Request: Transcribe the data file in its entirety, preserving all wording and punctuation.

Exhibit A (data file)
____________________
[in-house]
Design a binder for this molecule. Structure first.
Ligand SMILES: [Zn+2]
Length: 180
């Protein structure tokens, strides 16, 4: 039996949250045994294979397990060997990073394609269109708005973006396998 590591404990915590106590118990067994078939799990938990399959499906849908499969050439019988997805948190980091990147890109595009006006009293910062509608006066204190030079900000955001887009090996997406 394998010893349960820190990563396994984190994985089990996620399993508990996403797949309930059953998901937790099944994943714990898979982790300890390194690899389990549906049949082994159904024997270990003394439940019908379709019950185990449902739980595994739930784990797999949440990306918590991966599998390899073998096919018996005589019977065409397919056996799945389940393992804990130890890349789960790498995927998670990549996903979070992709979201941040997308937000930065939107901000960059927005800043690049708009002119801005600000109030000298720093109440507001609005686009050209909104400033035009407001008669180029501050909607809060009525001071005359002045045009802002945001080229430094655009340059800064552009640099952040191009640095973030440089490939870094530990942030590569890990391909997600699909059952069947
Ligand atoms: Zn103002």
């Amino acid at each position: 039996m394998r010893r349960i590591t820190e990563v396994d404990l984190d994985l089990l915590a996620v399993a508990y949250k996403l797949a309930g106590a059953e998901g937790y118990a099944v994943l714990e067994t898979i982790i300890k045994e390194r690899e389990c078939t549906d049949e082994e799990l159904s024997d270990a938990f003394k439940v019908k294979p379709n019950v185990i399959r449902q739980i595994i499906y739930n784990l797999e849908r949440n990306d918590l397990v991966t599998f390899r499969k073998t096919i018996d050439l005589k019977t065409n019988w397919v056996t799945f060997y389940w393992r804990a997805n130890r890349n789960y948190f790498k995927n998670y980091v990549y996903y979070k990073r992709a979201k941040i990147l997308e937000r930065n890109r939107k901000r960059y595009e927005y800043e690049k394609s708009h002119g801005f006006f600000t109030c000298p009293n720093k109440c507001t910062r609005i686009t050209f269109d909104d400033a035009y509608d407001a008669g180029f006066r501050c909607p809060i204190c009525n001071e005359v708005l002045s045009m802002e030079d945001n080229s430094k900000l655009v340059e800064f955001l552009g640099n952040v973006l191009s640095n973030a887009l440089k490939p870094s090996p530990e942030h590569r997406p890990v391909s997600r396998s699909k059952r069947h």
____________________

[in-house]
Design a binder for this molecule. Structure first.
Ligand SMILES: [Zn+2]
Length: 180
């Protein structure tokens, strides 16, 4: 039996949250045994294979397990060997990073394609269109708005973006396998 590591404990915590106590118990067994078939799990938990399959499906849908499969050439019988997805948190980091990147890109595009006006009293910062509608006066204190030079900000955001887009090996997406 394998010893349960820190990563396994984190994985089990996620399993508990996403797949309930059953998901937790099944994943714990898979982790300890390194690899389990549906049949082994159904024997270990003394439940019908379709019950185990449902739980595994739930784990797999949440990306918590991966599998390899073998096919018996005589019977065409397919056996799945389940393992804990130890890349789960790498995927998670990549996903979070992709979201941040997308937000930065939107901000960059927005800043690049708009002119801005600000109030000298720093109440507001609005686009050209909104400033035009407001008669180029501050909607809060009525001071005359002045045009802002945001080229430094655009340059800064552009640099952040191009640095973030440089490939870094530990942030590569890990391909997600699909059952069947
Ligand atoms: Zn103002």
């Amino acid at each position: 039996m394998r010893r349960i590591t820190e990563v396994d404990l984190d994985l089990l915590a996620v399993a508990y949250k996403l797949a309930g106590a059953e998901g937790y118990a099944v994943l714990e067994t898979i982790i300890k045994e390194r690899e389990c078939t549906d049949e082994e799990l159904s024997d270990a938990f003394k439940v019908k294979p379709n019950v185990i399959r449902q739980i595994i499906y739930n784990l797999e849908r949440n990306d918590l397990v991966t599998f390899r499969k073998t096919i018996d050439l005589k019977t065409n019988w397919v056996t799945f060997y389940w393992r804990a997805n130890r890349n789960y948190f790498k995927n998670y980091v990549y996903y979070k990073r992709a979201k941040i990147l997308e937000r930065n890109r939107k901000r960059y595009e927005y800043e690049k394609s708009h002119g801005f006006f600000t109030c000298p009293n720093k109440c507001t910062r609005i686009t050209f269109d909104d400033a035009y509608d407001a008669g180029f006066r501050c909607p809060i204190c009525n001071e005359v708005l002045s045009m802002e030079d945001n080229s430094k900000l655009v340059e800064f955001l552009g640099n952040v973006l191009s640095n973030a887009l440089k490939p870094s090996p530990e942030h590569r997406p890990v391909s997600r396998s699909k059952r069947h």